NASBE: Continuing to Learn during School Closures | NAEP expected to be administered in 2021 | Opinion: Overhaul E-rate to support virtual school
August 6, 2020
NASBE State Ed SmartBrief
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Top Story
Report advocates measuring "skip-year" growth
(Pixabay)
Evaluating "skip-year" growth -- determined by combining students' current scores with those from 2 years ago -- will provide a more accurate assessment of students' academic progress in 2021, according to a report from the Data Quality Campaign, the Alliance for Excellent Education and the Collaborative for Student Success. "Having growth data next year will be crucial for understanding how school closures affected student progress and what supports they will need to get back on track," said Jim Cowen, executive director of the Collaborative for Student Success.
Full Story: District Administration magazine online (8/4) 
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Atlanta school district reduces its environmental impact with propane school buses.
By adding propane buses to its fleet, Georgia school district cuts harmful emissions and greenhouse gases, which benefits both student health and the community's air quality. The district will emit 19,000 fewer pounds of NOx annually compared to the diesel buses they replaced.
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Policy & Legislation
NAEP expected to be administered in 2021
(Frederick Florin/AFP via Getty Images)
The National Assessment Governing Board has ruled in a 12-10 vote that the National Assessment of Educational Progress -- known as the "nation's report card" -- should continue as planned in 2021. The decision to proceed with the math and reading assessments was made following input from state and district leaders as well as health experts, but officials say they are unsure whether a request for federal funding to help administer the exams safely will be approved.
Full Story: The 74 (8/3) 
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Opinion: Overhaul E-rate to support virtual school
Rosenworcel (Chip Somodevilla/Getty Images)
With remote instruction likely to continue into the fall in many areas, officials should close the connectivity gap that plagued distance learning in the spring, asserts Jessica Rosenworcel, a commissioner at the Federal Communications Commission, and John King Jr., former US education secretary and current president and CEO of The Education Trust. In this commentary, they call for adjusting the federal E-rate program to support all students during virtual learning.
Full Story: Education Week (tiered subscription model) (8/3) 
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State Board News
Utah students' eligibility for free milk and free or reduced price lunches will be determined by their household income and size, according to guidelines set forth by the state education board and Child Nutrition Programs. Certain other criteria, including acceptance into the SNAP program, also allow students access to the lunch program.
Full Story: KSTU-TV (Salt Lake City) (8/5) 
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Trends & Research
Study: Education budget cuts affect test scores
(Pixabay)
Budget cuts to education during the previous recession worsened academic outcomes for students, particularly students from lower-income households and those who are Black and Latino, according to a report published in Education Next. Data shows that for every $1,000 a school district's budget declined by, test scores in math and reading were reduced by 1.6 percentage points, with a 6 percentage-point gap between white students and their Black and Latino peers.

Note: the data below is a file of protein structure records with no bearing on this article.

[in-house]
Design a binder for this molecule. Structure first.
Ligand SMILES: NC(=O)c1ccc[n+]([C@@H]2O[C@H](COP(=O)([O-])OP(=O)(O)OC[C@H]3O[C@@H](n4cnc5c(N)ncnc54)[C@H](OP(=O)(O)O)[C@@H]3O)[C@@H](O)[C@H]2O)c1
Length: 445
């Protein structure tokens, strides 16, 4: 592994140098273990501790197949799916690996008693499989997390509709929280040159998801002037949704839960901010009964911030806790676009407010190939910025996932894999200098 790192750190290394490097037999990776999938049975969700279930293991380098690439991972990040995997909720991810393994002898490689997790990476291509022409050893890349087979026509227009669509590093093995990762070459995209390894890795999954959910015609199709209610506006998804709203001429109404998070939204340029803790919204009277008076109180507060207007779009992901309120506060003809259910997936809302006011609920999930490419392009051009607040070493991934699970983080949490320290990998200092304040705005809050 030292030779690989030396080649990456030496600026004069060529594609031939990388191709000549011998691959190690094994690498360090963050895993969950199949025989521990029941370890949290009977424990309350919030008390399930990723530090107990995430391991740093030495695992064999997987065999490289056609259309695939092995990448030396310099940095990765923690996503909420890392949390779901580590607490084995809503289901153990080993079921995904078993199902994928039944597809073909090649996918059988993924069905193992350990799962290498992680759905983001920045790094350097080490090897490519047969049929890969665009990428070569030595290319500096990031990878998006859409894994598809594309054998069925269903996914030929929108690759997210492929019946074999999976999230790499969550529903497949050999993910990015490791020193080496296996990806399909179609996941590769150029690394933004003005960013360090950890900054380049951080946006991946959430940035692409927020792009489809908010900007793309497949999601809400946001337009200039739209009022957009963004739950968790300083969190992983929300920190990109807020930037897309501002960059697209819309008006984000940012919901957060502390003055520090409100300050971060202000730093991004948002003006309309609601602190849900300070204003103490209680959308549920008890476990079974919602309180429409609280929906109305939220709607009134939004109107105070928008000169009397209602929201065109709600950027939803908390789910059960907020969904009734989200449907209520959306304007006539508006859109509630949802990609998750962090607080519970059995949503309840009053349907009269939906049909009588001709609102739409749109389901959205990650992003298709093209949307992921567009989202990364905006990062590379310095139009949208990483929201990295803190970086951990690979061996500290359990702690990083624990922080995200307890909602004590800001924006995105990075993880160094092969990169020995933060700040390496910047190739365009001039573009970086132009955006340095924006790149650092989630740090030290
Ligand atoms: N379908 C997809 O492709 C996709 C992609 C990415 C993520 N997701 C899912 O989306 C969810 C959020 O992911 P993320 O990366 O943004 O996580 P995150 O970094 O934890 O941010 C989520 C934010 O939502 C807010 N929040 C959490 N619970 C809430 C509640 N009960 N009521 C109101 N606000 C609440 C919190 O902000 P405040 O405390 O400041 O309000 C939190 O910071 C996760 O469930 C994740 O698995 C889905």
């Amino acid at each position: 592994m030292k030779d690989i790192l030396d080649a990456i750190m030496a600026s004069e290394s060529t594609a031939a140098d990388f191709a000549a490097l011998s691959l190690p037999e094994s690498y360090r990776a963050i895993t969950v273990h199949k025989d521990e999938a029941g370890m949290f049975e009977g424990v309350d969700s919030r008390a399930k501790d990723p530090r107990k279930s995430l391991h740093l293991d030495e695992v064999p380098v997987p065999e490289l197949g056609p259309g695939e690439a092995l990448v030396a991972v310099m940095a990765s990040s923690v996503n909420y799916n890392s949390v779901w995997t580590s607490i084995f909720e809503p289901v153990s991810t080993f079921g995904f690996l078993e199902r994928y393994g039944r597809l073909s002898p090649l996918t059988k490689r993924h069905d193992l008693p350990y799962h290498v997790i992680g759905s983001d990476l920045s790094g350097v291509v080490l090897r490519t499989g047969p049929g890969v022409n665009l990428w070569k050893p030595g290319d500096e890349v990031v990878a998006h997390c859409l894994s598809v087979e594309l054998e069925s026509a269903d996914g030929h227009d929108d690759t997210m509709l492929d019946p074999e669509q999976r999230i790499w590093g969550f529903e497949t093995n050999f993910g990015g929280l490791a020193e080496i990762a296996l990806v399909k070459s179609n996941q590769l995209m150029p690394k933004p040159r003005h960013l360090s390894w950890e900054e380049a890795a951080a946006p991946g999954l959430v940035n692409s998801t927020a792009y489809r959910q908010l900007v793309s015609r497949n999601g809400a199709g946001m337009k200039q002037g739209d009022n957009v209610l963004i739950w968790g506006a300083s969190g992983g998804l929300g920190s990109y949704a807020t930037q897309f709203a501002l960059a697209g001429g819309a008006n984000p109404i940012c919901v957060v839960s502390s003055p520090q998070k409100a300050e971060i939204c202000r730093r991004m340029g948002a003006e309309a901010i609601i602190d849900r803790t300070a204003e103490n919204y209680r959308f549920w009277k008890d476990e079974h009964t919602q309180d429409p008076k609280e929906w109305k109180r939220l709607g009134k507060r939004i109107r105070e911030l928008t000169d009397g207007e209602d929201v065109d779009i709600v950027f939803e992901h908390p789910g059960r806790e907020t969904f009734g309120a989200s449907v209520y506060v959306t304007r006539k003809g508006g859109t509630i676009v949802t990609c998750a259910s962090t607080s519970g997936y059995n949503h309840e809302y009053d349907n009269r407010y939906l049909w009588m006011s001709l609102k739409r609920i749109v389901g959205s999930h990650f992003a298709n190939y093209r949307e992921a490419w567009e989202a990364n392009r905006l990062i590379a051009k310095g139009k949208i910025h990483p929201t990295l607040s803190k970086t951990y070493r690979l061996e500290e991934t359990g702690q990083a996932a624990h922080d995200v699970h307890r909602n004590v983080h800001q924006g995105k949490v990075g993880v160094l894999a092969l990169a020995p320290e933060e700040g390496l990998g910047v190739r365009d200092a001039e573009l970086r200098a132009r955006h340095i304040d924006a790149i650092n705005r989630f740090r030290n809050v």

Full Story: Education Week (tiered subscription model) (8/4) 
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Absenteeism data could be a key indicator in determining whether remote instruction is effective and where there are gaps, according to an analysis from Phyllis Jordan, editorial director of FutureEd, and Hedy Chang, executive director of Attendance Works. In this commentary, they offer several warnings about measuring attendance during this time, urging officials not to tie funding to attendance as well as for schools not to penalize chronic absenteeism with fines and court action.
Full Story: The 74 (8/3) 
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NASBE News
Apply for NASBE's ECE State Network
NASBE seeks to build the capacity of two state boards of education to support a well-qualified, equitable, well-compensated early care and education workforce through effective state policymaking. The chosen state boards will join NASBE's ECE State Network and receive a $4,000 stipend to undertake its early learning policy work. During this unprecedented time, we welcome state proposals that seek to develop innovative strategies to mitigate the impacts of COVID-19 on the ECE workforce. Learn more and apply by Aug. 28.
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Early education and remote learning
As more and more districts revise their reopening plans to 100% virtual, states must consider the unique needs of preK-3 students in designing remote learning. A recent NASBE policy update focuses on state efforts to make remote learning effective for young learners amid the pandemic. A related webinar looks at research on young children learn and interact with technology and explores effective models for early childhood remote learning.
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I am awaiting perpetually and forever a renaissance of wonder.
Lawrence Ferlinghetti,
poet
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